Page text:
What happened in history?
DOI link for What happened in history?
What happened in history? book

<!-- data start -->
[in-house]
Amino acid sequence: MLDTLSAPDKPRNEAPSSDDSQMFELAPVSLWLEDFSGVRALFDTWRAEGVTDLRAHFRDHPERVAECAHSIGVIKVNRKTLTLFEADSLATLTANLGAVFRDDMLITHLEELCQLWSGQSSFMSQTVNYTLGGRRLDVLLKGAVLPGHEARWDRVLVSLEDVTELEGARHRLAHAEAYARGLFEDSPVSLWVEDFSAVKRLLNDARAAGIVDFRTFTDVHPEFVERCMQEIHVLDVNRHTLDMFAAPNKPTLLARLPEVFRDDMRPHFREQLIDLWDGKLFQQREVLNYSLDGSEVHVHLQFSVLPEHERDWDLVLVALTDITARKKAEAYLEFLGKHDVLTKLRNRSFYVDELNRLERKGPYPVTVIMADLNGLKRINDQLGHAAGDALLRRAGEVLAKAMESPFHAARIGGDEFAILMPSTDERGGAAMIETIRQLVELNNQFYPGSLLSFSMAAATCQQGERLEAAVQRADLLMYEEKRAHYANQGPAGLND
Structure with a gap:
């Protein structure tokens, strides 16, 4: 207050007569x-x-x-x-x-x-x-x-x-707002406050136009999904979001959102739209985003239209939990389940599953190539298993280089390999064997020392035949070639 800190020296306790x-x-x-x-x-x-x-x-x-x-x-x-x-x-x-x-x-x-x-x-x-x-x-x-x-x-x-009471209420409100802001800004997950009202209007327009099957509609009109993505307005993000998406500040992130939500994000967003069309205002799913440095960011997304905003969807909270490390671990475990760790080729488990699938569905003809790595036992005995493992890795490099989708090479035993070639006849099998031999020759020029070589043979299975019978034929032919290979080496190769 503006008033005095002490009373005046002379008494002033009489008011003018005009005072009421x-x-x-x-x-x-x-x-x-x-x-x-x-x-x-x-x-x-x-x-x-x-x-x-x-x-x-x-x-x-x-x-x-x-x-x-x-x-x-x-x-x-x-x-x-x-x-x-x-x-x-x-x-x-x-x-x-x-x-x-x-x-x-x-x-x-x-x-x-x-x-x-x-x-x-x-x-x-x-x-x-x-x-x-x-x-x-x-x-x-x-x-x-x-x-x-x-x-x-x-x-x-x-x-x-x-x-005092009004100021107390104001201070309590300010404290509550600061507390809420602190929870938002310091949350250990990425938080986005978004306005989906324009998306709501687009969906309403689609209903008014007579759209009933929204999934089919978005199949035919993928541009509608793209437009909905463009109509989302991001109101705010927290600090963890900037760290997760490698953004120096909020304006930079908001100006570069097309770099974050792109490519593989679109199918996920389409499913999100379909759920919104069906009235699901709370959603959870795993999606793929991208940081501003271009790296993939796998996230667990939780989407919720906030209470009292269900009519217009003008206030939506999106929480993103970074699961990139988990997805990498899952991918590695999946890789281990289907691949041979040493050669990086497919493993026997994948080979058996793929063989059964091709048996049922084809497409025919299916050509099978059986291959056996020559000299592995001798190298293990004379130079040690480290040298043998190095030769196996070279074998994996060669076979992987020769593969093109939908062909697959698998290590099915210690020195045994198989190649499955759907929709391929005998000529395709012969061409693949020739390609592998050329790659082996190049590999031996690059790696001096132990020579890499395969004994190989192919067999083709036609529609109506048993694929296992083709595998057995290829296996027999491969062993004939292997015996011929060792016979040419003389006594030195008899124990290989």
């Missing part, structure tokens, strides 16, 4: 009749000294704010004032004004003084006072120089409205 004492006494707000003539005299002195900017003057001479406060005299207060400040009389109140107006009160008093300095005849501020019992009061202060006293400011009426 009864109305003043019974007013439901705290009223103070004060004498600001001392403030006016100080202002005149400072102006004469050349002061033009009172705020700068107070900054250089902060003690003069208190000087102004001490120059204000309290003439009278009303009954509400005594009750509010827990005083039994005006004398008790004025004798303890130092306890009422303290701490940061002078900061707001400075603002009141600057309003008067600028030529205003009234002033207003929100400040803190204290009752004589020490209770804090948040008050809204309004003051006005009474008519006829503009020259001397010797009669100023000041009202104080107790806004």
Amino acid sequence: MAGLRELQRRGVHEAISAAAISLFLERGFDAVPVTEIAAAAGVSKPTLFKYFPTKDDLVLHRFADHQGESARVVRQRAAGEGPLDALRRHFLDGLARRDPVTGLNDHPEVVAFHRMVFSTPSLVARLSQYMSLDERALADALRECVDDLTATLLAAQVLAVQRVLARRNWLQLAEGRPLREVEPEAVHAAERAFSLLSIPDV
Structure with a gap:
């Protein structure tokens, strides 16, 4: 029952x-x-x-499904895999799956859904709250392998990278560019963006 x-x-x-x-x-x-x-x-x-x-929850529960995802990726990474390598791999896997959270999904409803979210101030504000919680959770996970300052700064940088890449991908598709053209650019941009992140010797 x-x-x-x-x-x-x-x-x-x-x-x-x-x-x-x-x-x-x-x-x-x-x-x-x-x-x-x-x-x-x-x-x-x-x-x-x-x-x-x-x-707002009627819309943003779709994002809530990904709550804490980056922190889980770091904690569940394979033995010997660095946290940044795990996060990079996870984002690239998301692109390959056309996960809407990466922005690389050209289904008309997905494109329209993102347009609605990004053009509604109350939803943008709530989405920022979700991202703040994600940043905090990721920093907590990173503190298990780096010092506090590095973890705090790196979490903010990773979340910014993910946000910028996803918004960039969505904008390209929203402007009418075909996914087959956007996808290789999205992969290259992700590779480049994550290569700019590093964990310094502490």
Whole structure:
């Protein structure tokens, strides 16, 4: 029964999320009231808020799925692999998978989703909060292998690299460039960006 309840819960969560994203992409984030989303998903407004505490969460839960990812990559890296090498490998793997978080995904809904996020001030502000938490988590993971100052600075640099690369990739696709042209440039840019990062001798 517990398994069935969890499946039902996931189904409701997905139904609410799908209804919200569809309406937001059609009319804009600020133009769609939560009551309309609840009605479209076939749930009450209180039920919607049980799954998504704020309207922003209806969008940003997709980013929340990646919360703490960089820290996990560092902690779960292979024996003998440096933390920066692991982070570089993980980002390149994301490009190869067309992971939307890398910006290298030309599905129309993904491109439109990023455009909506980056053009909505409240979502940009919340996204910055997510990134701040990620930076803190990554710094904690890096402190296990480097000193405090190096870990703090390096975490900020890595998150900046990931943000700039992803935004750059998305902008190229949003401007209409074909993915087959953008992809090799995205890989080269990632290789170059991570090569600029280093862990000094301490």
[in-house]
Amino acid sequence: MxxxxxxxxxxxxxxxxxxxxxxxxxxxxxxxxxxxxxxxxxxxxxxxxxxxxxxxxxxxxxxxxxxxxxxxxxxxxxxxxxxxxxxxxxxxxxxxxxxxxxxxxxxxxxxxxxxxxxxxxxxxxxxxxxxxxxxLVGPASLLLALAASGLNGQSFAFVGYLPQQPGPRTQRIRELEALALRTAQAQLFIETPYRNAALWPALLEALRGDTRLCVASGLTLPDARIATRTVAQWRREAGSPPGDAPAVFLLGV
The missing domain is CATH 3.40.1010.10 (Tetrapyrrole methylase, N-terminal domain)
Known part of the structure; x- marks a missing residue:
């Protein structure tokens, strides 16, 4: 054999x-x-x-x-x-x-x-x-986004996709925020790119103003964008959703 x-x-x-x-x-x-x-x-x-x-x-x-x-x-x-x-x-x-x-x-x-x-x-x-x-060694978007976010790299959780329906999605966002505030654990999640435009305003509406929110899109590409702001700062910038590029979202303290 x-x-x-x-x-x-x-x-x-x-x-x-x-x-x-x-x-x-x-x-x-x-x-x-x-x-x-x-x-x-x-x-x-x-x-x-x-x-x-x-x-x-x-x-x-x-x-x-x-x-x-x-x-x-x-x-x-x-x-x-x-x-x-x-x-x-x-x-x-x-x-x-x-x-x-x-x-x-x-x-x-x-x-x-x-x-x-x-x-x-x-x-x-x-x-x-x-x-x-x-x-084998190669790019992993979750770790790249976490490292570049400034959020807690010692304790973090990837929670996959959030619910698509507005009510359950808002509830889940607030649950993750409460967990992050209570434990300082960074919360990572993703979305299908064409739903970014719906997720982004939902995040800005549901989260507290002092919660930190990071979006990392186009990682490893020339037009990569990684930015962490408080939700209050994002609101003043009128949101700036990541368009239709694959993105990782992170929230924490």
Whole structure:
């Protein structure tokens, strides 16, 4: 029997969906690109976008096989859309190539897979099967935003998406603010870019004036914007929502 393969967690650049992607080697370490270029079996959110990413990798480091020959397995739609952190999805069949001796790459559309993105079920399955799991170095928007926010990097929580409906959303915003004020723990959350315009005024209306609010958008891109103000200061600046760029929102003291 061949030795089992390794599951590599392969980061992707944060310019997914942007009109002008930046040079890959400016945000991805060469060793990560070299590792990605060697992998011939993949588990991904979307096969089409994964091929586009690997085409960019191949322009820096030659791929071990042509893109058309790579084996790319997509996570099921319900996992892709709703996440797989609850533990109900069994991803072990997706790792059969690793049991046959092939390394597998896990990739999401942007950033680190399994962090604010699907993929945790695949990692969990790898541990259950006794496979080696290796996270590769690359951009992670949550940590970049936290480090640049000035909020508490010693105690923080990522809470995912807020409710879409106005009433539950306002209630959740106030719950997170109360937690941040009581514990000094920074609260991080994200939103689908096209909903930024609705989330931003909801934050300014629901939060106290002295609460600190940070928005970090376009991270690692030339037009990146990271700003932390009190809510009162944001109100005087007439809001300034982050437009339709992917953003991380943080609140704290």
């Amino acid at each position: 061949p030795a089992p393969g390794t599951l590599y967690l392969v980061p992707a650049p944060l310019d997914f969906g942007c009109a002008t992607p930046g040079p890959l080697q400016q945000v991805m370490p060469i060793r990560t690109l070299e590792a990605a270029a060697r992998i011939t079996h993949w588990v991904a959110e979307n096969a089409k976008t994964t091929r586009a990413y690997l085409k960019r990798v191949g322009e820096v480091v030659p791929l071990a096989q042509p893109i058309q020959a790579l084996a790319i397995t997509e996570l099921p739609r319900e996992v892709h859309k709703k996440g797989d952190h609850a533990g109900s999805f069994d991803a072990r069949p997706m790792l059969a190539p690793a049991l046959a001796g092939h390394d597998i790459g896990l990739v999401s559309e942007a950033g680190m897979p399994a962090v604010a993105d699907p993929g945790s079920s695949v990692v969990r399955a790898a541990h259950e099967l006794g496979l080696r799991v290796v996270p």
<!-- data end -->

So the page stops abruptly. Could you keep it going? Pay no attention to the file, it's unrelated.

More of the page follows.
Soon before and then in the middle of the Second World War, Gordon Childe published two books, Man makes himself and What happened in history (Childe 1936; 1942). These were in many ways remarkable, on the one hand for their scope and bold generalisations, and on the other for the employment of archaeological evidence to support an optimistic view of human development, which was not otherwise suggested by the conditions of the time. Of the two works, Man makes himself has perhaps the more sophisticated and detailed arguments, but it uses the same general thrust as What happened in history. The story in both is of progress and evolution, through a subtle combination of economic, technological, ideological and conceptual factors. Whereas the former work concentrates on the Neolithic revolution, the urban revolution and then the revolution in human knowledge, the main themes of the later work, perhaps because things in the contemporary world had become even worse, are couched in an older style, of development from savagery to barbarism and eventually to civilisation. This language now seems rather quaint, as few if any specialists today would think in terms of ‘Neolithic barbarism’ (Childe 1942, chapter 3) or the ‘higher barbarism of the Copper Age’ (Childe 1942, chapter 4). And, obviously, rather different evidence could be brought to bear compared to that available in the 1930s. This is not to deride Childe in any way, as it is part of his enduring appeal that his general arguments have seemed to last so well. Perhaps, for all the accumulation of new data since his day, this is not in fact so surprising, since his main successors were ‘processualists’, and in turn their successors or protagonists, ‘post-processualists’, have often been little interested in the same sort of long-term perspectives.